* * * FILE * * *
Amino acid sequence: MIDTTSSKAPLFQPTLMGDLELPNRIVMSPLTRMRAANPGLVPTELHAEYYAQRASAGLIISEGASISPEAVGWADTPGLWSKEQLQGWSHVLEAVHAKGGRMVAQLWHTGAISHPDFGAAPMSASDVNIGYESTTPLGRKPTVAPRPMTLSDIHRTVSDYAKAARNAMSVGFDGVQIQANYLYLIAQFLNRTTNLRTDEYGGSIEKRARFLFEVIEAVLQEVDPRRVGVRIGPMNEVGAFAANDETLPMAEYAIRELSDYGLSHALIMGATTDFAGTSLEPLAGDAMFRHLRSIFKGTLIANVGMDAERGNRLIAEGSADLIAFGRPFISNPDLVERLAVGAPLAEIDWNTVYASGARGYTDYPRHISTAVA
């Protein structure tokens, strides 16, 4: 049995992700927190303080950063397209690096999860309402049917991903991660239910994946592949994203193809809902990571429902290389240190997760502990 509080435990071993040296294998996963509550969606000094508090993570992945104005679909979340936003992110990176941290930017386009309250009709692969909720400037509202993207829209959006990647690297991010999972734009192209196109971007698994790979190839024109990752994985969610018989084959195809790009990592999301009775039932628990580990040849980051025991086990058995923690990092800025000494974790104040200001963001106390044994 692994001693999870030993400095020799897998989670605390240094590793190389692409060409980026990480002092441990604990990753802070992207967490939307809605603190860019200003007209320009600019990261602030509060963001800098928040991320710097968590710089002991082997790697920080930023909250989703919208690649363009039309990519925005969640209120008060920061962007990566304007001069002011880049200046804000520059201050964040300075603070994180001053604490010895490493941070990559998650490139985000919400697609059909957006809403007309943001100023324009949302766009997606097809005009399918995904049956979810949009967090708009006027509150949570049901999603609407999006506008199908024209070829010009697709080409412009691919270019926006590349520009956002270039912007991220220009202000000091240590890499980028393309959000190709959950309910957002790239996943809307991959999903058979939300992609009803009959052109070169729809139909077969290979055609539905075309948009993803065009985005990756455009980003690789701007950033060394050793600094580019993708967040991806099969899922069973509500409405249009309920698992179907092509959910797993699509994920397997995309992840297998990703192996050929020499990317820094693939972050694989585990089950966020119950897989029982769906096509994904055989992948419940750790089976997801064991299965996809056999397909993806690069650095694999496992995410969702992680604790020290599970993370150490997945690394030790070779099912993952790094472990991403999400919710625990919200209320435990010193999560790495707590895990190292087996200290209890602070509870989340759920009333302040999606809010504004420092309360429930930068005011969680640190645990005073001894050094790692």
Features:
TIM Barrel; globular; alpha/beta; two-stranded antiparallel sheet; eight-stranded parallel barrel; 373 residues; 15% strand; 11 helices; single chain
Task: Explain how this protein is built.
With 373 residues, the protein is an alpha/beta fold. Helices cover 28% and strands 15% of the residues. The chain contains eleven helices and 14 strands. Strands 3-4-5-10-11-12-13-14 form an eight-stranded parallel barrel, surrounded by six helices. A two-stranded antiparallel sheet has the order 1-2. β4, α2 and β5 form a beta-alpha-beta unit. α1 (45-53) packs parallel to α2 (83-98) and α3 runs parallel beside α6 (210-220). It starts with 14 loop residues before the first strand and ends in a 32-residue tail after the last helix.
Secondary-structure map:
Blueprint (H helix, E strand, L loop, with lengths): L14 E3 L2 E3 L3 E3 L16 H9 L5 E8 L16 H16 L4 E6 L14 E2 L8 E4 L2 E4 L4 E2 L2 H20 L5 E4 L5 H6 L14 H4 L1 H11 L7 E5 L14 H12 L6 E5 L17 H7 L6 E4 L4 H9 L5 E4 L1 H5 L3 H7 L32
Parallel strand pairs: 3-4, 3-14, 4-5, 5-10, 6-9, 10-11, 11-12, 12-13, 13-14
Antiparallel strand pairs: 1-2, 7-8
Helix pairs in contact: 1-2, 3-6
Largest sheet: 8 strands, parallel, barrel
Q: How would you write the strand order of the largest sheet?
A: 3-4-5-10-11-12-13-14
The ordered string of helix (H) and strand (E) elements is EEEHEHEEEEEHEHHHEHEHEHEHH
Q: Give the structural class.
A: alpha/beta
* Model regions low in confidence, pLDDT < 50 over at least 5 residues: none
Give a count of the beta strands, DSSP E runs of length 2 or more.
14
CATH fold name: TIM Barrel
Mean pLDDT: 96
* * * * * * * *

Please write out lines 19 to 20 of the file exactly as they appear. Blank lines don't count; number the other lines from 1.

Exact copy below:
Give a count of the beta strands, DSSP E runs of length 2 or more.
14